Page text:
Egypt’s historic revolution affected more than the country’s political landscape; the economy took a series of sweeping blows as events unfolded.
Below, Ahram Online takes a look at some of the key numbers and figures that have been part of the public debate since last January.
The Mubaraks’ fortune:
· $70 billion - the alleged wealth of former president Hosni Mubarak, as reported by The Guardian on 4 February, 2011. While this figure was attributed to an anonymous expert and was never proven, it fuelled the rage of the protests that eventually led to his overthrow.
· 4.2 per cent - the amount by which Egypt’s economy shrank in the first quarter of 2011;
· 5 per cent - the average growth rate of the Egyptian economy in the past 4 years;
· 1.8 per cent - Egypt’s 2011 GDP growth rate as estimated by the World Bank.
· 800,000 joined the lines of the unemployed during the first quarter of 2011;
· 3.1 million - the total number of unemployed, 11.9 per cent of the total workforce of around 26 million;
· 10 years - the unemployment rate is at its highest level for a decade;
· 8.9 per cent - the unemployment rate in December 2010.
· 9.8 million tourists visited Egypt in 2011, a drop of around a third from the 14.7 million that visited the country in 2011;
· $8.8 billion - total revenues from the tourism industry in 2011, one of Egypt’s main foreign currency generators;
· 500,000 Libyans visited Egypt in 2011. Sources in the tourism industry say that including Libyans, Sudanese and Gazans to the number of tourists makes the year’s figures look much better than the reality of the industry.
· LE700 ($120) - Egypt’s newly enacted minimum wage for both the public and private sector. Private businesses that employ less than ten people will be exempted from observing the minimum wage;
· 36 x minimum wage rate - Egypt’s proposed wage cap for public workers. While the minimum wage rate was officially implemented starting January 2012, the fate of the wage cap remains unknown.
· 50 per cent - the drop in Egypt’s foreign currency reserves in 2011; to end the year at $18.12 billion;
· $15 billion - one army general’s estimate of the level of reserves by the end of January 2012.
Foreign reserves took centre stage in the discussion about Egypt’s economy with questions raised about the central bank’s ability to continue supporting the local currency.
The Egyptian pound:
· On 25 January 2011: 1 US Dollar = 5.81 Egyptian pounds;
· On 31 July 2011: 1 US Dollar = 5.95 Egyptian pounds;
· On 31 December 2001: 1 US Dollar = 6.02 Egyptian pounds;
· 3.6 per cent - value lost from 25 January 2011 until the end of the year.
The stock exchange:
· 46 per cent - the value lost from the bourse’s EGX30 main index from 24 January until the end of the year, to close at 3,622 points;
· 5,600 points - the market’s highest post-uprising level, which it reached in June 2011. Afterwards, the index started to shed points once again;
· LE10.8 billion - the average monthly traded value for listed shares during 2011; a drop from LE22.7 billion.
· 4 companies were court ordered to be re-nationalised due to corruption incidents in their privatisation deals. The companies are:
· Shebin El-Kom Textile Company;
· Tanta Company for Linen and Derivatives;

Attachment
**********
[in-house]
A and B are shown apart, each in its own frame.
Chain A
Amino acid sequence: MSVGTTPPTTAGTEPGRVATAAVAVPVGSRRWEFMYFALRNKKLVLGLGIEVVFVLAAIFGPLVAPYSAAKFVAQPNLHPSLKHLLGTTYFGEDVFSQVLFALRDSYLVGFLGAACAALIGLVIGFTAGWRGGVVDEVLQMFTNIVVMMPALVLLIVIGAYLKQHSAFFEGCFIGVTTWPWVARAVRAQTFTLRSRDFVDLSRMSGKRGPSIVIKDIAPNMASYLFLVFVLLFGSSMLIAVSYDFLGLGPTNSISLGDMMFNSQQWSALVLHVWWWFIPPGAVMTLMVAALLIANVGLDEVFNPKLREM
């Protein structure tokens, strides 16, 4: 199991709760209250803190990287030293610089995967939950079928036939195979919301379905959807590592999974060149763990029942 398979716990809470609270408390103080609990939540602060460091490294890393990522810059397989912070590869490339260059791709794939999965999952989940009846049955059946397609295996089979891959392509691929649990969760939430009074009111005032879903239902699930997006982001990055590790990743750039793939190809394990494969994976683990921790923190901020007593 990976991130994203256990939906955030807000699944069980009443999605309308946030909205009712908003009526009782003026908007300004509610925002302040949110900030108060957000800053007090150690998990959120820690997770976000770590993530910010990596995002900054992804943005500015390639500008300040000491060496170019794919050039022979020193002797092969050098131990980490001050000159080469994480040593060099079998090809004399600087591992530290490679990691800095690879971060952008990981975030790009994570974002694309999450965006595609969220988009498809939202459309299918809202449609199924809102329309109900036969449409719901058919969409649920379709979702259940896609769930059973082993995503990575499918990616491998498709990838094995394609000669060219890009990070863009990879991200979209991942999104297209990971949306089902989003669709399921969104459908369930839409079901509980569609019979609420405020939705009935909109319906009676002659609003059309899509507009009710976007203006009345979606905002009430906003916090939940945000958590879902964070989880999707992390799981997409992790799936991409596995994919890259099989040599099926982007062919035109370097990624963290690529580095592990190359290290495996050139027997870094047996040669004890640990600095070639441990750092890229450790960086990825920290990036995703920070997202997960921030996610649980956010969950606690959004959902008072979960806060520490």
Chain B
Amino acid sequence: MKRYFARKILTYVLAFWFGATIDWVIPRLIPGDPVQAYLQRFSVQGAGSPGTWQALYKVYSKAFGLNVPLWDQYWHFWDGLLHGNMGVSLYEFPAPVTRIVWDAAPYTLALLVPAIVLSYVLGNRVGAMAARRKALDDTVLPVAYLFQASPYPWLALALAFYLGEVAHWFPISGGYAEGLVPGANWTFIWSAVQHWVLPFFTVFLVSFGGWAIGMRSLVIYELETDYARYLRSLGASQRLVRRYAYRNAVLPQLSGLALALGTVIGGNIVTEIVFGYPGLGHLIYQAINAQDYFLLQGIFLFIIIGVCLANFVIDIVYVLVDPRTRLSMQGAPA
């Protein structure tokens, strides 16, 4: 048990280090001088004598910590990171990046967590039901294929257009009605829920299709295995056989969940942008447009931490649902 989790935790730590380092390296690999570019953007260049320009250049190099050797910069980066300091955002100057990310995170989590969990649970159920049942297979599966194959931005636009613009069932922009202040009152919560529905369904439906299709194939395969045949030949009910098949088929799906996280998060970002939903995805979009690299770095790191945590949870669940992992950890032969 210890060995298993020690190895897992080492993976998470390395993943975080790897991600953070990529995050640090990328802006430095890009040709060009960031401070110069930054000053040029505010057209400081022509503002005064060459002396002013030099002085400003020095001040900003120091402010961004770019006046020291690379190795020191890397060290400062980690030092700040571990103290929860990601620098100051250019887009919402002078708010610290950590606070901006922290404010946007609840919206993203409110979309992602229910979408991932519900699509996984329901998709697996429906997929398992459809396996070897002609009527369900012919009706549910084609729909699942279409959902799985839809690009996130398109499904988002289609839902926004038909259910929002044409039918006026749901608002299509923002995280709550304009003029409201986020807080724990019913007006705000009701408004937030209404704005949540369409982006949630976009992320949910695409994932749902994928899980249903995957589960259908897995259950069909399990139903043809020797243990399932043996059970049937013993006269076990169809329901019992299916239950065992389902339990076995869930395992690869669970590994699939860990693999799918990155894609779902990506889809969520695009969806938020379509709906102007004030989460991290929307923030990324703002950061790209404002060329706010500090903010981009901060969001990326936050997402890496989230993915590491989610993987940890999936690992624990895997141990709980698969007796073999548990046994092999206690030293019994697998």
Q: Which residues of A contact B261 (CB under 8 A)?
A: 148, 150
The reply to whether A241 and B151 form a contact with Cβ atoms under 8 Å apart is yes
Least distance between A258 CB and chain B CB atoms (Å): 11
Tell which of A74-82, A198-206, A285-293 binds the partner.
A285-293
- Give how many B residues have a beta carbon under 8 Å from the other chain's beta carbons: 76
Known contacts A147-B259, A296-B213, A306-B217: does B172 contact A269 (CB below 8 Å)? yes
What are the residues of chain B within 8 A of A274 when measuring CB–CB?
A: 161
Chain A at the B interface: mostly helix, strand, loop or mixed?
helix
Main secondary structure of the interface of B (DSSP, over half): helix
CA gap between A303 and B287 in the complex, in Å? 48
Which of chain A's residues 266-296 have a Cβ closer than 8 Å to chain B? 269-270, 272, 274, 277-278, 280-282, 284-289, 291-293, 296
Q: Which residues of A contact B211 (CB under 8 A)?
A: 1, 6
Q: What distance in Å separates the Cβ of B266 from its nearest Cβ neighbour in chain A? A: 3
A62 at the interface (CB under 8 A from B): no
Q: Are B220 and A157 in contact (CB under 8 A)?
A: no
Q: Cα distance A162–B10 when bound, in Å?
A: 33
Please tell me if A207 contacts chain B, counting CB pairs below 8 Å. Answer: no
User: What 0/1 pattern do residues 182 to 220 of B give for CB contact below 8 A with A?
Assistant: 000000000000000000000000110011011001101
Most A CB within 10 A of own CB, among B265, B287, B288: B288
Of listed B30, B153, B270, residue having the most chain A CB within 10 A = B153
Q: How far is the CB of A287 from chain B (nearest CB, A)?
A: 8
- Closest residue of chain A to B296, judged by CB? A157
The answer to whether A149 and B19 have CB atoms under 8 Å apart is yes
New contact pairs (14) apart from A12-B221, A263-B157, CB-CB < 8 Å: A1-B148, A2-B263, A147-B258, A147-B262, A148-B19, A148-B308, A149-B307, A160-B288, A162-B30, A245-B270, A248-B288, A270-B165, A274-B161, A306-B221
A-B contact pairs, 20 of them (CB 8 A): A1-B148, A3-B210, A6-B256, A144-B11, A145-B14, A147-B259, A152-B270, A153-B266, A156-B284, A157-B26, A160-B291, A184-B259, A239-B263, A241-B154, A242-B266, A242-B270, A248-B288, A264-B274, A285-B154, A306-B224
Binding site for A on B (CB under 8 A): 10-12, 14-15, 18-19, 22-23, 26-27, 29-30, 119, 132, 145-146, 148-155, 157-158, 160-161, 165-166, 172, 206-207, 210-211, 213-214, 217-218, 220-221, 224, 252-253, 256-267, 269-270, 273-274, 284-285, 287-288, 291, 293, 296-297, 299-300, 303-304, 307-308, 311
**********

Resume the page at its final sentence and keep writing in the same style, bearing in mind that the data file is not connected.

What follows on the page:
· Steam Boilers Company;
· Arab Company for External Trade.
· 6 agricultural companies are currently being considered for re-nationalisation. The six companies are:
· One major privatisation deal, the 2006 Bank of Alexandria deal worth LE9.5 billion, is currently being challenged in court.
· 335 labour protests took place in 2011, according to official data;
· 135 sit-ins were organised in the public sector, while 123 sit-ins were in the private sector;
· 4,460 individual and group complaints from workers were received by the Ministry of Labour.
Tales of a budget deficit:
· 8.6 per cent of GDP (LE134 billion) - the approved deficit target in the 2011/2 budget after the ruling military council interfered to reduce the initially suggested 11 per cent in the budget draft;
· 9.8 per cent of GDP - the initial deficit level for the previous financial year 2010/2011, which ended in June 2011;
· 11.6 per cent of GDP (LE182 billion) - the deficit target given by officials last December when government sentiment about the economy was very negative. The minister of finance, however, said afterwards that the budget deficit will not exceed the target 8.6 per cent, because the government will put in place an expense reduction plan;
· 4 per cent of GDP - Egypt aims at dropping its budget deficit to this level by the year 2015/6, according to a budget plan published by the ministry of finance.
· LE20 billion - the amount Egypt’s Prime Minister, Kamal El-Ganzouri, said would be cut from public expenses to curb the soaring deficit;
· LE4 billion - the amount the government expects to save from slashing subsidies of energy provided to heavy industries.
· 10.25 per cent - the overnight lending rate set by the CBE; 9.25 per cent is the overnight deposit rate. The Central Bank of Egypt changed the rates in November - they had been kept unaltered since September 2009.
Altering the interest rate represents an attempt to make the local currency more attractive as a vessel for wealth.
· 11.5 per cent - the rate of three year certificates of deposit in Egypt’s two biggest banks: National Bank of Egypt and Banque Misr.
Harder to borrow:
· Yields on Egypt’s treasury bills surged above 16 per cent, its highest level in over three years.
The above two rates are at their highest levels in several years. They indicate that it is getting harder for the Egyptian government to borrow funds at reasonable rates to cover the budget deficit.
IMF assistance package; rejected in June 2011 but renegotiated in January 2012:
· $3.2 billion - the amount of the suggested IMF loan to Egypt in June 2011;
· 10 years - the facility’s tenor;
· 1.5 per cent - the loan pricing.